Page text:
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Accelerate migration from Pivotal Cloud Foundry to Google Kubernetes Engine

Of the three main cloud providers–Google Cloud Platform (GCP), Amazon Web Services (AWS), and Microsoft Azure (Azure)–GCP can definitely be considered a pioneer in terms of solutions evolution.

Many of the IT products we consider to be “industry standard” today, were created or based on Google designs. For example, Kubernetes itself was created by Google, as well as the GO programming language and BigTable (concept behind the implementation of open-source HBase). When we speak about these products in the scope of GCP, we are not only highlighting the fact that they are the concept creators, but also the approach they have taken to adapt concepts into enterprise products.

While GCP may have fewer SaaS/PaaS products than AWS or Azure, this doesn’t mean that their coverage of enterprise customer requirements falls short.

The way Google approaches their cloud architecture is simple from a user experience perspective. With a developer-oriented platform made up of modular products, services, and best-practice industry solutions that offer a PaaS-like experience, developers can easily maintain and add new tools, and accelerate production from day 1.

True Google experience

Flat illustration of Google Cloud platform

There are a number of challenging cloud integration features that GCP makes easy. Here are a few examples:

  • Built in logging, monitoring and SRE tools: All logging and monitoring in GCP, from cloud audit to application logs, is gathered by default into a single logging and monitoring space in your project, removing the need to create or reinvent additional entities. From day 0, your cloud is auditable and has everything you need to start building your support foundation.

    If you are ready to go beyond classic support teams and adopt site reliability engineering (SRE) practices in your enterprise, GCP also has you covered. AI-backed, free-of-charge tools, such as Error Reporting, send grouped and trackable events in the cloud, helping you to solve problems without having to identify them first.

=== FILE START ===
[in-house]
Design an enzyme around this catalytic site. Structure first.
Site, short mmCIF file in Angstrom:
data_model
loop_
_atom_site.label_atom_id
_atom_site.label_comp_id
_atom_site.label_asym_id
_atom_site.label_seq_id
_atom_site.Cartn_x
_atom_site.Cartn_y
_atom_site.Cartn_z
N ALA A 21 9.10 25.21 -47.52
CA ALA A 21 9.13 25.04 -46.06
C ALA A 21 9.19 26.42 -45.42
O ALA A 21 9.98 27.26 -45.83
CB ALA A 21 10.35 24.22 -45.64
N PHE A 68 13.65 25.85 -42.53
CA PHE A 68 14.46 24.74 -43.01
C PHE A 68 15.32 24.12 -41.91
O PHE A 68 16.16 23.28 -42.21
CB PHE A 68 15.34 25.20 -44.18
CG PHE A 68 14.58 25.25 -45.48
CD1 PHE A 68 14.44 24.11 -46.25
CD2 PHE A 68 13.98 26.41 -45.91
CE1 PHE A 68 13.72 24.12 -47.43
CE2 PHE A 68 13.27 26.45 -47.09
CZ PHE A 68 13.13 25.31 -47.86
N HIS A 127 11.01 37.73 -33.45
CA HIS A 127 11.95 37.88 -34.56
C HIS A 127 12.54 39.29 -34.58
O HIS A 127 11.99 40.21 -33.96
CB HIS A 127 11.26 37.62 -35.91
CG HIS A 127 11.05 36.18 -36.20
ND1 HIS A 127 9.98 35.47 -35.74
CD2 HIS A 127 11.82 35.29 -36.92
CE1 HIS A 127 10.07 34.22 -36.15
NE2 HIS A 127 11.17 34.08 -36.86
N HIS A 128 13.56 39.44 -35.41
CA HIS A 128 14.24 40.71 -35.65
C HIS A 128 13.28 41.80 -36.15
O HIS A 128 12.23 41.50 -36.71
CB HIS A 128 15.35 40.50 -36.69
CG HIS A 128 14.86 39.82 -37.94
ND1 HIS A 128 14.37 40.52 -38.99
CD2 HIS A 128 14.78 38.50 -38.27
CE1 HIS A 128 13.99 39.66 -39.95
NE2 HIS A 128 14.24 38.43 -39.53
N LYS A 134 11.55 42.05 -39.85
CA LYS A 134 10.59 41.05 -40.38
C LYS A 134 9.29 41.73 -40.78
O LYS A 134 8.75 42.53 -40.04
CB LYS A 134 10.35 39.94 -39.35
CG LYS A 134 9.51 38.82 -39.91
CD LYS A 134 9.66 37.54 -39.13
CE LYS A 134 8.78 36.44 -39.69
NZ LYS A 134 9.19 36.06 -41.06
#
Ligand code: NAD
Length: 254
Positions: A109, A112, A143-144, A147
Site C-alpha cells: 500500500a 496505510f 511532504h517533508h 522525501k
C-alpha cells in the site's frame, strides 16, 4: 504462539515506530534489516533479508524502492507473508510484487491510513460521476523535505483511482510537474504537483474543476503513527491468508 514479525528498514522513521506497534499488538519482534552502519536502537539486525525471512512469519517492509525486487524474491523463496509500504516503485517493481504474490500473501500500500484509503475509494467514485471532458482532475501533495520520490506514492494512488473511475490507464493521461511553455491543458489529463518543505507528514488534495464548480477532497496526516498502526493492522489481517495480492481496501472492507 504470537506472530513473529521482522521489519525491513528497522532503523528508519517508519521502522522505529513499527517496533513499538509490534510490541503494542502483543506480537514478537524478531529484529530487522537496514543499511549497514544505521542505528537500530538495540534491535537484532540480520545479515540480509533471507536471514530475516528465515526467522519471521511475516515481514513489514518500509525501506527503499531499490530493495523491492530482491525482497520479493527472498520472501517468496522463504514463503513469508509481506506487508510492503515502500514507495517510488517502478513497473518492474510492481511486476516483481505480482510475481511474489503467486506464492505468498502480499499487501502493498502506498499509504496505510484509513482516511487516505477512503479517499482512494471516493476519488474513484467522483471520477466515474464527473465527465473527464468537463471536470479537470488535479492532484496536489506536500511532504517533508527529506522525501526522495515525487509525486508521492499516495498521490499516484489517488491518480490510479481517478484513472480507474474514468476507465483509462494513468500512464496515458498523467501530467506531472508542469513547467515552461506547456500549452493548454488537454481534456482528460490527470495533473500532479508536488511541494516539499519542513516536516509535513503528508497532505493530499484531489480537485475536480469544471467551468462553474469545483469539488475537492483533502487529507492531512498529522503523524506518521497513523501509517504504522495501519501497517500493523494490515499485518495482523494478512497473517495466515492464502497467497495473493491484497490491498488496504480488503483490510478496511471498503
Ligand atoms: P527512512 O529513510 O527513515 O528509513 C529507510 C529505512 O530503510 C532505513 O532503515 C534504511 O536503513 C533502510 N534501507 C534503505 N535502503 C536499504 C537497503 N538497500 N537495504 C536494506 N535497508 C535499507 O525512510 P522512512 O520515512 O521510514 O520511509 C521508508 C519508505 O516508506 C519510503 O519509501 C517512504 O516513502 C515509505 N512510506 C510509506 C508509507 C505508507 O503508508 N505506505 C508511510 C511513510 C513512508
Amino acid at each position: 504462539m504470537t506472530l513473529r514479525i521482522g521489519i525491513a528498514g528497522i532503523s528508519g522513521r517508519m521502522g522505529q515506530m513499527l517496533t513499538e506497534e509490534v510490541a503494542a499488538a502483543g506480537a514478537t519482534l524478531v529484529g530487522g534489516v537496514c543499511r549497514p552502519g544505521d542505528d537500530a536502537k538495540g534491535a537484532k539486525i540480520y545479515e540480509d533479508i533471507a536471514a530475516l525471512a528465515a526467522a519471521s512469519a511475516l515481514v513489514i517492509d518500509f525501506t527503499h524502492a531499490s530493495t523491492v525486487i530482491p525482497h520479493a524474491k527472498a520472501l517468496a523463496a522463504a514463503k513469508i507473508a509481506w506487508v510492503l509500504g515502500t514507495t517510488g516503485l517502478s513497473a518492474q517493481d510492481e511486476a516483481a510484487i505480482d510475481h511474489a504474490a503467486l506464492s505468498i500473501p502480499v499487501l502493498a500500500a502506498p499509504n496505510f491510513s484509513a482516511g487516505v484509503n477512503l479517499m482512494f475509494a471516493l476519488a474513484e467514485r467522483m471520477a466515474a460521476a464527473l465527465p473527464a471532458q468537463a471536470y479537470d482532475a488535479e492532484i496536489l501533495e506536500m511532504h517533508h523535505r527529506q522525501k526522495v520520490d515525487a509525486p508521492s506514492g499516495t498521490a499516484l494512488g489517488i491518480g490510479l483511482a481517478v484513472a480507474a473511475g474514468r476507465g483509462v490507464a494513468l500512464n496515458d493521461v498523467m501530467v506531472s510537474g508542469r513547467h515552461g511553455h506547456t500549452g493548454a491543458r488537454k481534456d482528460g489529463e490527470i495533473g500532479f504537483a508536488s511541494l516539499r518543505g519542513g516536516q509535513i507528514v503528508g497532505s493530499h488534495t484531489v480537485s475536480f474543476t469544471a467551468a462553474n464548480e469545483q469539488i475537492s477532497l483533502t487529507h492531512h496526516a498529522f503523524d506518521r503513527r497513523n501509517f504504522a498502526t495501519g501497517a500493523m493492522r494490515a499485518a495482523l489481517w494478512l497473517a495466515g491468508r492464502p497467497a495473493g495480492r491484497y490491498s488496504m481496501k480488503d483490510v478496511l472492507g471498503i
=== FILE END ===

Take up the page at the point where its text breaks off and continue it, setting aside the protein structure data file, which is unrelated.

• Security: Most enterprises require secure environments inside private networks; not only because it’s best practice, but because access to environments should be restricted to internal use only. One feature that delivers this level of security is IAP. IAP enables you to manage your project IAM, paired with GCP OAUTH, with one-button load balancing integration, delivering a completely new and different experience to access your internal-only setups without the need to manage application authentication.
  • Developer-focused experience: All SaaS GCP products have supported libraries and integrations for many different languages. They are easy to understand and easy to build solutions around. There is a huge library of architecture templates and docs for many cases, and you can easily find the most suitable guidance for specific cloud approaches.

This is definitely not the full list of GCP features, but does include those that have a huge impact on time-to-market when you choose GCP with any underlying compute base (Kubernetes, serverless solutions, etc.)

Now let’s explore one of GCP’s most popular products: Google Kubernetes Engine (GKE).

Google Kubernetes Engine – an expert product

As the creators, main contributors, and experts in building PaaS solutions, GCP approached Kubernetes as a service at a completely different level compared to any other available on the market.

The most scalable and fully automated Kubernetes service” is not just a catchy tagline from GCP, it’s actually an implementation vision statement.

Let’s dive deeper into the main features of GKE: